All (intentional) behaviour of living systems is purposive; that is, it is goal-oriented. Whether you are lifting a glass of beer to your lips, or flapping your wings to soar into the sky or thrusting out your tongue to catch an insect you are doing so for a reason. And those goals are realised by acting in the world.


When you are driving a car, for example, one of the goals is to keep the car between the white lines on the road. That goal is achieved by turning the steering wheel one way or the other. The wheel is not turned a specific amount or to a particular angle, but it is turned until you perceive that the car is between the white lines.

There are many factors that can effect the position of the car, such as the tyre pressures, the road surface and the wind. As the driver, it is not necessary that you measure these factors to determine their effects, because you continually receive feedback by way of your perception of the car’s position. If these factors do effect the position of the car you simply compensate by turning the steering wheel in the opposite direction. You are able to control your perception of the position of the car by varying the rotation of the steering wheel, thus enabling you to protect your perception from any disturbances to it.

You act in the world to control your perceptions of the world; you vary your output to control your input; behaviour is the control of perception ([1] Powers 2005).


Of course, your perception of the position of the car is not the only goal being controlled while driving. You may also have goals such as controlling a high speed to get away from other cars, travelling to a specific destination where you can hide the car, changing lanes swiftly to evade the police, providing for your family by robbing a bank, maintaining an extravagant lifestyle with minimum effort and controlling your own particular sense of honesty by acting accordingly; many perceptual goals at different levels of complexity all operating at the same time. The more complex goals are dependent upon the more simpler ones, suggesting a hierarchy of goals and control systems. For example, in order to achieve the goal of changing lanes it is necessary to vary the goal of the (lower) system which controls the position of the car.

Through the prism of Perceptual Control Theory (PCT) all behaviour can be seen as the control of perceptual goals. In particular, goals are achieved by way of simple, and parsimonious, negative feedback control systems where a specific perceptual variable is continually monitored and any deviation from the desired value is counteracted by varying the output.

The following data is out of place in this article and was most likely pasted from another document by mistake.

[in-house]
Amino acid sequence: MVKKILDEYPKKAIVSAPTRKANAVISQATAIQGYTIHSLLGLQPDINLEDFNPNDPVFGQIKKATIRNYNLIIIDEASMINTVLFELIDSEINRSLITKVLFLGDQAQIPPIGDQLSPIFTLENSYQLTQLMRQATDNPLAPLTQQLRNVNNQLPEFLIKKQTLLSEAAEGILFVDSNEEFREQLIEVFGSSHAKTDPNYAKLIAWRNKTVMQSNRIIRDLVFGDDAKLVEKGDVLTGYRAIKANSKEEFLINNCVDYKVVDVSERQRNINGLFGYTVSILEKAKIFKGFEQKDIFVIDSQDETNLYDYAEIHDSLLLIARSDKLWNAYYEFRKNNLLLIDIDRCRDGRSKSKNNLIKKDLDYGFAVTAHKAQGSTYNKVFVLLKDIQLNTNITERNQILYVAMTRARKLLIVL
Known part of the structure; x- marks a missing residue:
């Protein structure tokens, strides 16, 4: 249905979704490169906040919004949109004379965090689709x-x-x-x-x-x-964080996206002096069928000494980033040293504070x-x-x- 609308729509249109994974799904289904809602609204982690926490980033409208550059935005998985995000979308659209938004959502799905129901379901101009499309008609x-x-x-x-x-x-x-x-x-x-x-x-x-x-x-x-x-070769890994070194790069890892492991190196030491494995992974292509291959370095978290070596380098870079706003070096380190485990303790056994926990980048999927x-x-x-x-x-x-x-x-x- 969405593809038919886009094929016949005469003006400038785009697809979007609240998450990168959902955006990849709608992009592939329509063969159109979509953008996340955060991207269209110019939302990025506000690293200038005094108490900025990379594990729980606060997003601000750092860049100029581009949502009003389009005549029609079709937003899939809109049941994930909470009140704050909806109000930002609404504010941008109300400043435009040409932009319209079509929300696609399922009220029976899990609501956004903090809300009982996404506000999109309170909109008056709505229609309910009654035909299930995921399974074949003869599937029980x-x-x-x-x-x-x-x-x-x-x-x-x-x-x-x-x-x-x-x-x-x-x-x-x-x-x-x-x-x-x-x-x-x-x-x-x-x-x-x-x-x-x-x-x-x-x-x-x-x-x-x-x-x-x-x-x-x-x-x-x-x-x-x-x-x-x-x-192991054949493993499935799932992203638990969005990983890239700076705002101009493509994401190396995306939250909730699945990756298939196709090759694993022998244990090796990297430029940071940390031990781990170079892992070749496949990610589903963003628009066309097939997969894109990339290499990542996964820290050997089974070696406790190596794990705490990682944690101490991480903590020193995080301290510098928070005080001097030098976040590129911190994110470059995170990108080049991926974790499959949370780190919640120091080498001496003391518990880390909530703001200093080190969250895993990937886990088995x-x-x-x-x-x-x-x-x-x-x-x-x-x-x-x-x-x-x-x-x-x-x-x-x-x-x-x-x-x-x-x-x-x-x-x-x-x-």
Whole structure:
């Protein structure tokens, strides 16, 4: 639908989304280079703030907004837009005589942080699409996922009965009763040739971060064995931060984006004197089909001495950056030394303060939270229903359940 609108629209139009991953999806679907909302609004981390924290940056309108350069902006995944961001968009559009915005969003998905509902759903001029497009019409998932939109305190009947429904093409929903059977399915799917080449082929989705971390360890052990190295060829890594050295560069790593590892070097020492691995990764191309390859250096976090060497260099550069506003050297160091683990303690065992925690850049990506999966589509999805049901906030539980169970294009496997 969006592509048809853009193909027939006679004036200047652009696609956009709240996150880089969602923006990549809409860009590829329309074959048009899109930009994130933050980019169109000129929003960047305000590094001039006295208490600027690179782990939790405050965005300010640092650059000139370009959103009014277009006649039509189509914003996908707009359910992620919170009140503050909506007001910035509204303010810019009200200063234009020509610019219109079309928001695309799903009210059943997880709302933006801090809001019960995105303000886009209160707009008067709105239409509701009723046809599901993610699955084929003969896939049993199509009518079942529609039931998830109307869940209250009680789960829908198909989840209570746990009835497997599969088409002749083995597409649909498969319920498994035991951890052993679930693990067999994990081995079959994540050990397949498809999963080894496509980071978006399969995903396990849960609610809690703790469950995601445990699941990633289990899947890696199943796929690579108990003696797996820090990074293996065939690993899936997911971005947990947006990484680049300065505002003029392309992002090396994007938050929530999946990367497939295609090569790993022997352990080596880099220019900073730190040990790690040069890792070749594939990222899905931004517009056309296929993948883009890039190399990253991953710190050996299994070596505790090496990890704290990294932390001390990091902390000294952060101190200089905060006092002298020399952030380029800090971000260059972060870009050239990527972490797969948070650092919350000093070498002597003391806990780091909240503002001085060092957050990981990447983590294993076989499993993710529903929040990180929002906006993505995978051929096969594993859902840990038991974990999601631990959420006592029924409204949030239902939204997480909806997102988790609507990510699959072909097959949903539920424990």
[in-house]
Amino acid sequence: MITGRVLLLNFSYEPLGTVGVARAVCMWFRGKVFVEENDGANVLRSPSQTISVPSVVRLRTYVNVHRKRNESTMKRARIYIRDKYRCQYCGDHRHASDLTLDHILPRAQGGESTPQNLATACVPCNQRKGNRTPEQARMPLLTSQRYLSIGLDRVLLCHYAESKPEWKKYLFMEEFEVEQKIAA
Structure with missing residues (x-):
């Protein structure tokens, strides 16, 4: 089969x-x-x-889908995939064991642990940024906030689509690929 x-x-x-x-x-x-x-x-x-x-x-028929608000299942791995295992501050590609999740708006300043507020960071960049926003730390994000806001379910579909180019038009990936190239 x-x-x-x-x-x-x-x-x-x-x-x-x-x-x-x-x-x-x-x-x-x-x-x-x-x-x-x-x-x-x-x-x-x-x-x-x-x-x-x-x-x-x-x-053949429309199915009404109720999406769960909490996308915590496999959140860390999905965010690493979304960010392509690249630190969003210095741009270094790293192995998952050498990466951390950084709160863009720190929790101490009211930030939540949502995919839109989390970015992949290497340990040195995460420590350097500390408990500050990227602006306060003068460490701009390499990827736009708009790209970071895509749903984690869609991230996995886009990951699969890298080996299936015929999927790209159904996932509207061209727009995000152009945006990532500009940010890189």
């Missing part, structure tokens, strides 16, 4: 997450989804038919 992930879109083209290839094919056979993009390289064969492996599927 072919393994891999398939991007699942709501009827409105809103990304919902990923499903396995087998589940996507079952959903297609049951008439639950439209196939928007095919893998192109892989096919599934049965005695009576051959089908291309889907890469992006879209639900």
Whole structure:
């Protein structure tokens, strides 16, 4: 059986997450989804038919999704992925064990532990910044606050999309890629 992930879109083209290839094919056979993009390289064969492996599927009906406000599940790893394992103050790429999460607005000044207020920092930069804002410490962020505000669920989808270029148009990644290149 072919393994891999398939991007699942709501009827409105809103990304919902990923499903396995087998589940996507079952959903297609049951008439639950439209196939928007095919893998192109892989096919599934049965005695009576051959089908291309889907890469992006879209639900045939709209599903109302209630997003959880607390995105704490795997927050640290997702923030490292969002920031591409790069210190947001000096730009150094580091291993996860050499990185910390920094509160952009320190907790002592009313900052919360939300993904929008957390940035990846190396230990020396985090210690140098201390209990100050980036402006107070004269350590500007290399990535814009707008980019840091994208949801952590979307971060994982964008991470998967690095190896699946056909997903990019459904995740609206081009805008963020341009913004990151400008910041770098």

Living Systems

This functionality and architecture extends, according to PCT, not only to all levels of human perception and behaviour, but throughout the animal kingdom. Consider, for example, the lowly zooplankton. It is a tiny sea creature with very simple light sensors and limbs for moving around its watery environment ([1] Science News 2008) and obtains energy by absorbing light. In the changing light conditions of the water it moves around until it is sensing a certain amount of light. In other words, it acts within its environment until it perceives its goal. That this behvioural unit seems to be ubiquitous suggests that it is a principle that has been successful in terms of evolution and is central to our understanding of life.

Artificial Life

The key, then, to designing and building artificial systems which behave in ways similar to humans and animals is to imbue them with the capabilities to perceive and control their goals. This will require suitable sensors and actuators, at the interface with the environment, but, more crucially, will require a simulated `neural’ architecture that enables the system to control not just its raw sensory perceptions, but also complex internal perceptions that express its relationship to the world, which may be in terms of high-level abstract concepts.


The benefits of this parsimonious way of implementing robotic systems is that the agent only needs to attend to those elements of the environment which are relevant to it attaining its goals, it does not need to perform complex processing or modelling of its environment, is able to control high-level, complex and abstract perceptions and it is able to operate in dynamic, chaotic and unpredictable environments.

Such is the approach taken by Perceptual Robots.